Co-opting Struggle: Non-Profits as Impediments to Radical Resistance
This workshop considers how the non-profit industrial complex, the social services industry, and academia all act to hinder rather than help radical struggles. It looks at how these institutions consolidate power over and work to depoliticize grassroots queer, trans, BIPOC, and homeless activism. Mapping out the current terrain, it will touch on the role of neo-liberalism, discuss the “professionalization” of resistance, and present strategies to resist co-optation and rebuild politicized communities.
Abuzar is an informally educated trans woman of color who has been homeless and a sex worker. She has organized protests and events against the corporatization of Shelters, Homeless “Services”, Queer and Trans spaces, Pride/Dyke March/Trans March, the Trans Flag-Raising at Toronto City Hall, Police and Military presence in queer and trans spaces, and deradicalization by conservative/right/white-centric queer, trans, and racialized people. She has also organized community-building events, nudist events, and events to prioritize creating restorative/transformative justice spaces, accessible spaces, and social spaces for trans and homeless people. She’s currently living in toronto in stable housing, and would like to meet and connect with people to explore new ways of building inclusive, caring, and revolutionary communities.
Acknowledging the Land While Doing Climate Change/ Environmental Justice Work: How & Why We Do It
Join Guelph Anti Pipeline ( GAP) for a facilitated workshop on the importance of land acknowledgements specific to environmental justice work. Advocating for the land and water is an anti-colonial struggle, not simply an environmental one. Our anti fossil fuel and climate change organizing here on Turtle Island must always be grounded in the recognition of a legacy of settler land theft and colonization, but how do we do that in a meaningful way? Land acknowledgements – the practice of verbally recognizing the historical and current territories of Indigenous nations – is one tool in many. This workshop will teach you why we read land acknowledgements at the beginning of meetings/events/ spaces, how to write one for your own group/events, and how to move beyond these valuable statements in order to ground our anti-colonial solidarity in real action. While open to everyone, we will specifically be speaking to the responsibility of settlers in better understanding and acknowledging the land we occupy in our organizing work. This workshop will be facilitated by Michif-Cree presenter, Jaydene Lavallie, and GAP organizer, Sarah Scanlon.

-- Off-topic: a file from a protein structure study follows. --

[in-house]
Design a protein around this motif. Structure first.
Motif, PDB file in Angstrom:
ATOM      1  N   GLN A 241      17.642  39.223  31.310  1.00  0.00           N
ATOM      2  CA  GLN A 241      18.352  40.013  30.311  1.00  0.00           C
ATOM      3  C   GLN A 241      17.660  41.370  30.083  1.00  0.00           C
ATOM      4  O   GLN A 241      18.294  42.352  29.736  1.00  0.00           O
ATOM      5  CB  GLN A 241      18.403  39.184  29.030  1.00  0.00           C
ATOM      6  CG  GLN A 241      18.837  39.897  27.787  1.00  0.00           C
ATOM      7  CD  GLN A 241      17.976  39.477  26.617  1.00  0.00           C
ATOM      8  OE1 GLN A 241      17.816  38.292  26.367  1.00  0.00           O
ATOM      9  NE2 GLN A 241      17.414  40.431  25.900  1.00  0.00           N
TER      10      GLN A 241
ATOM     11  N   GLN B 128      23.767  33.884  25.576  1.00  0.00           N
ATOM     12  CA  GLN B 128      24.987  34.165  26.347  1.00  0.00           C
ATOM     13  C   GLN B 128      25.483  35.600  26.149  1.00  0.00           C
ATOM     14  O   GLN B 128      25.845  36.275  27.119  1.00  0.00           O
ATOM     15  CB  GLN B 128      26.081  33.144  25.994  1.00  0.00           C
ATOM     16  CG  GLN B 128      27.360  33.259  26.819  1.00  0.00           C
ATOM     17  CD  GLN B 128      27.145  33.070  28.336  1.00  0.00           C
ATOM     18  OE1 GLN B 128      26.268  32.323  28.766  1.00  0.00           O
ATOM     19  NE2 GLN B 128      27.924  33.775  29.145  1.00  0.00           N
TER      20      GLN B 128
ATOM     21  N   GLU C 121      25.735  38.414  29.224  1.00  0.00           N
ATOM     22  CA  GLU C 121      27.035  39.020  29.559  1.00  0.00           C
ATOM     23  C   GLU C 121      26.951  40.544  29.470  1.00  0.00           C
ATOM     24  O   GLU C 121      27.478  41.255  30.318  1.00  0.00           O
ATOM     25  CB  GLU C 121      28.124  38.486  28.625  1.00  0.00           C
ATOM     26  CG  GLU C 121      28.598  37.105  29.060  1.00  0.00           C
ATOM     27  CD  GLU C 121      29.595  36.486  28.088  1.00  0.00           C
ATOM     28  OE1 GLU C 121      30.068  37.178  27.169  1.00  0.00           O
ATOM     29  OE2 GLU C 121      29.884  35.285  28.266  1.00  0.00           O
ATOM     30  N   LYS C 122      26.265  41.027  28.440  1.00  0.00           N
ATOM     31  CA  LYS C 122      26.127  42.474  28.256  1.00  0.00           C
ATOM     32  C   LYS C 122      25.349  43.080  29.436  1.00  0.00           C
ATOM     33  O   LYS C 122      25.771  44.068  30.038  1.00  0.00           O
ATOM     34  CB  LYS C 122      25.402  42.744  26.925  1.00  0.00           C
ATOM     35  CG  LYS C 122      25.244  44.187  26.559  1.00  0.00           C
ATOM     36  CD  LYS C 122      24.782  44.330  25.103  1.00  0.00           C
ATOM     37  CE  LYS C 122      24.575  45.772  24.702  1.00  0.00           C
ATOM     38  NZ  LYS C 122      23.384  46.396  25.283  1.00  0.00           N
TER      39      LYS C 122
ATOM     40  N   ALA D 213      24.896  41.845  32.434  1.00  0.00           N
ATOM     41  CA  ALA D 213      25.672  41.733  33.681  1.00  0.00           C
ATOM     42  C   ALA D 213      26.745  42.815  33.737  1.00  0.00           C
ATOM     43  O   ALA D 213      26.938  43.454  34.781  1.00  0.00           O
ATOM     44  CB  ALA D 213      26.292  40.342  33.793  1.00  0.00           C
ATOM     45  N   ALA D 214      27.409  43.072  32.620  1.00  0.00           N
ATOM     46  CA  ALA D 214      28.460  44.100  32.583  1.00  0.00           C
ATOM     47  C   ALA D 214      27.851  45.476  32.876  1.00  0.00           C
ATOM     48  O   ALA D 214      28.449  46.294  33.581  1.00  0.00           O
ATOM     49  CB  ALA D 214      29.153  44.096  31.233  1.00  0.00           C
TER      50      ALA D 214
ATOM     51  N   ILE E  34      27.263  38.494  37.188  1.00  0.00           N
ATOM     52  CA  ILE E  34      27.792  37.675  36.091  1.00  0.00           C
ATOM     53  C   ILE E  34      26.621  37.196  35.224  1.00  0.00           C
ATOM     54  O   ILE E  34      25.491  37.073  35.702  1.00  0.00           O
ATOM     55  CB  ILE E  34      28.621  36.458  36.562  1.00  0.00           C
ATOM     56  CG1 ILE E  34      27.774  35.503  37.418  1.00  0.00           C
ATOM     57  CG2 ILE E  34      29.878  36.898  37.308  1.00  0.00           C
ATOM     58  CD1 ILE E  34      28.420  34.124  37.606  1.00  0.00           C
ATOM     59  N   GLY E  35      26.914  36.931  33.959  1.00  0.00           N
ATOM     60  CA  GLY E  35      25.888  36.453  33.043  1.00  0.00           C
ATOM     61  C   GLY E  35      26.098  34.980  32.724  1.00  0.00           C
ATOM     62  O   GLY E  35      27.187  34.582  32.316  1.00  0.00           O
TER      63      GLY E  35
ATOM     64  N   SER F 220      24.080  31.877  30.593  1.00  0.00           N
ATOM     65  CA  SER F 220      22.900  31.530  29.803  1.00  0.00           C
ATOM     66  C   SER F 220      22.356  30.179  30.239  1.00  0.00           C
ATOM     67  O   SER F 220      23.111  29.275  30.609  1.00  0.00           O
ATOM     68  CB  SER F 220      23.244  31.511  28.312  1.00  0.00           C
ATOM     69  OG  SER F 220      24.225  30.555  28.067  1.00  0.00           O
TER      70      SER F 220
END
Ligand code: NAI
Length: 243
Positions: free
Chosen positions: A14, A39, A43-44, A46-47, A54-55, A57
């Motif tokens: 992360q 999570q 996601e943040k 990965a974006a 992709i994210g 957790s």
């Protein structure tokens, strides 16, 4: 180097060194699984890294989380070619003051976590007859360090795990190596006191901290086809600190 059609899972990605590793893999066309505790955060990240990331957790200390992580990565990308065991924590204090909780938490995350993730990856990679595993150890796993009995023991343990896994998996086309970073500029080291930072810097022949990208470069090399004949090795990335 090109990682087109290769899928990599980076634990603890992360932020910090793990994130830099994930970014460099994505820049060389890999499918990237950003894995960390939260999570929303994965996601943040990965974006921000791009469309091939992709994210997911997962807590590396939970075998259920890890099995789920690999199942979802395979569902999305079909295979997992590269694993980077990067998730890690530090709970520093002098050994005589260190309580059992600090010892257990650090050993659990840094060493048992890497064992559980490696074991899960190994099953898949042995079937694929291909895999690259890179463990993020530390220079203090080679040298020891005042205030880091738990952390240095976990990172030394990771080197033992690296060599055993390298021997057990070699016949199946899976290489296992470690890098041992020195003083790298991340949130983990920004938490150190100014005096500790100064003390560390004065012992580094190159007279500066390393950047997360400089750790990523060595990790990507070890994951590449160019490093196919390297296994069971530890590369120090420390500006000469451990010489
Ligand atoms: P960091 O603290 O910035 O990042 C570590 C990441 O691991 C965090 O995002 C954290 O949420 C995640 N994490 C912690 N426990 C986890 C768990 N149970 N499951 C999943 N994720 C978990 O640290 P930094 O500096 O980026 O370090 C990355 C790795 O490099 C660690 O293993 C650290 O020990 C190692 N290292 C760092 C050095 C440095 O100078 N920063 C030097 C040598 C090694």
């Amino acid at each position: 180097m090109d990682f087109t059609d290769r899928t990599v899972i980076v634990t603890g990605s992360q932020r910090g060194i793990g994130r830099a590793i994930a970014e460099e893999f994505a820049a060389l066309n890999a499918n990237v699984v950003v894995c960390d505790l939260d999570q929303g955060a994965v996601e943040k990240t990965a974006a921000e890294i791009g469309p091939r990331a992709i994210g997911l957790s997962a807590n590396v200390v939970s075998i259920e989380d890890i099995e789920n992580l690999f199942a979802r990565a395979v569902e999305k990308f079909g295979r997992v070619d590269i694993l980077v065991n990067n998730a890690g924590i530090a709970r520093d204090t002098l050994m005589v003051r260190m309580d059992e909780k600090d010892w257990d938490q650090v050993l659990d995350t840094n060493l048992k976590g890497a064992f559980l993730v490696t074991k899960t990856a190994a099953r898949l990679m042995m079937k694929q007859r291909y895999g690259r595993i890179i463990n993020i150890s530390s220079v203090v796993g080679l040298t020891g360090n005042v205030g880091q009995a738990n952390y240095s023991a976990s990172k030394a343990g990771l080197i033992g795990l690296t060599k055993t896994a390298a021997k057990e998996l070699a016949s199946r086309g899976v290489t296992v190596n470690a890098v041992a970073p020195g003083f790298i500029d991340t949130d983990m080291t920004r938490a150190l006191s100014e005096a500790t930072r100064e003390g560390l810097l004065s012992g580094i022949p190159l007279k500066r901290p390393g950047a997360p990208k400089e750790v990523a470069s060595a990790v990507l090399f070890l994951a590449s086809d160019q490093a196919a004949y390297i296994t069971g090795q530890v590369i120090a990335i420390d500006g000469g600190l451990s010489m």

Jaydene Lavallie is a Two-Spirit Michif-Cree woman with mixed French, Scottish, and Swedish heritage. She currently lives in Dish with One Spoon Territory (Hamilton, ON). She maintains the importance of grassroots organizing and supporting a diversity of tactics which include direct action as a way to bring about collective liberation.
Sarah Scanlon is a white, queer, gender non confirming, feminist/anarchist settler. She currently lives in, and is participating in the ongoing occupation of, Attawandaron Territory ( Guelph, ON). She is a long time organizer whose work is focused on Anti Fossil Fuels, Indigenous Solidarity, and challenging Gender Based Violence, and the intersections between these struggles.
Sexism Armed: Gender Violence and the Barriers to Justice
How does sexual and gendered violence operate across different spaces? How is it experienced by those who are impacted? What are barriers to addressing gender violence and getting justice? This panel looks at the lived experiences of those who are survivors of gender violence, and discusses the various ways in which sexism is institutionalized and violence perpetuated. Drawing on diverse case studies, it will cover topics such as: violence on post-secondary campuses and rape culture; intimate partner violence, self-defence, race, and police discrimination; and intersectional and anti-carceral approaches to addressing sexual violence